Congestive Heart Failure

Do you know that about 5.1 million people suffer from heart failure every year in the United States? And about half of the people who suffer from this condition die within 5 years of diagnosis? Congestive heart failure or simply heart failure is a condition that occurs when your heart muscles stop pumping blood as well as they should. The root cause of this condition is some underlying conditions that leave your heart too stiff or weak to pump blood efficiently. Some of the conditions that cause heart failure cannot be reversed, but treatment can be used to help victims live longer. Read on to find out more about what causes congestive heart disorder and useful treatments.

What Is Congestive Heart Failure?

Congestive heart failure, also known as chronic heart failure or congestive cardiac failure, is a condition that the heart is unable to pump blood efficiently in your body. The heart's main pumping chambers become thicker or larger, and hence can't relax or contract as they should. This leads to fluid retention in the lungs, abdomen, legs and other parts of the body.

Congestive heart failure can be caused by hypertension, coronary heart disease, cardiomyopathy and other heart diseases. The most common one is coronary heart disease which is usually accompanied by a history of heart attacks.

The following are the major causes of coronary heart disease:

  • Obesity
  • High blood pressure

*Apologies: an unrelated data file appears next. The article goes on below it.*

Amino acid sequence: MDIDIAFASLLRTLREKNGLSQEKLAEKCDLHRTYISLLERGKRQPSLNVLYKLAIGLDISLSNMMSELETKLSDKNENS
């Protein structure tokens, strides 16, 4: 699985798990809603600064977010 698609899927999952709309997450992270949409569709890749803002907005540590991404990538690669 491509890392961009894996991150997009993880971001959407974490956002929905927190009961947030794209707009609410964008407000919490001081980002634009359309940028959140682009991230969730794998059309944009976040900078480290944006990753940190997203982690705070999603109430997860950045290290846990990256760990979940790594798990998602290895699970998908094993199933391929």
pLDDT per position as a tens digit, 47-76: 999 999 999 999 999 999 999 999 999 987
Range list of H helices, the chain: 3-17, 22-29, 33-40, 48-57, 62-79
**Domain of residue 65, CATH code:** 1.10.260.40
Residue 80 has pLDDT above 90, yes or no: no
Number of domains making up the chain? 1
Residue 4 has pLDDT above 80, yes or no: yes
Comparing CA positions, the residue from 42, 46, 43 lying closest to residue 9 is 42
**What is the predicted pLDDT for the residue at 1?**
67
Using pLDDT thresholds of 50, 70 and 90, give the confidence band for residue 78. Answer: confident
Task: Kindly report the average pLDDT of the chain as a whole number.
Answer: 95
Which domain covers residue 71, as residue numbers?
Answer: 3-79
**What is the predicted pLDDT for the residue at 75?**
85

• Smoking
  • Diet rich in cholesterol and saturated fats
  • Diabetes
  • Physical inactivity

What's more, elderly people are more susceptible to chronic heart failure than younger ones. Whether one can survive under this condition depends on its severity.

Symptoms and Signs of Congestive Heart Failure

During the early stages, you are unlikely to experience any symptoms. However, the symptoms will start to manifest with time. You might experience the following:

Early Stages

  • Fatigue
  • Weight gain
  • Swollen feet, legs and ankles
  • Frequent urge to urinate

Mid Stages

  • Irregular heartbeat
  • Congested lungs that make you cough
  • Wheezing

Emergency/Late Stages

  • Sharp chest pain
  • Bluish skin
  • Raid breathing

Stages of Congestive Heart Failure

There are two groups of stages of this kind of heart failure. These stages have been advanced by the American College of Cardiology and the New York Heart Association.

According to the Progression of Heart Failure

Advanced by the American College of Cardiology, this group consists of the following stages:

  • ŸStage A: High risk stage where the patient exhibits one or more risk factor for heart failure.
  • ŸStage B (Asymptomatic heart failure): In this stage, patients are asymptomatic but have a dysfunctional or enlarged left ventricle.
  • ŸStage C (Symptomatic heart failure): Patients experience some symptoms of heart failure including fatigue, inability to exercise, shortness of breath, etc.
  • ŸStage D (Refractory end-stage heart failure): Patient experiences heart failure symptoms at rest even with medical treatment. Aggressive medical care is needed.

According to the Physical Limitations

Advanced by the New York Heart Association, this group of stages involves:

  • Class I: No symptoms exhibited with ordinary activities.
  • Class II: Symptoms start showing in ordinary activities.
  • Class III: Significant limitations and symptoms inmore activities including lessordinary activity.
  • Class IV: Extreme limitations with symptoms of congestive heart failure even at rest.

Treatments for Congestive Heart Failure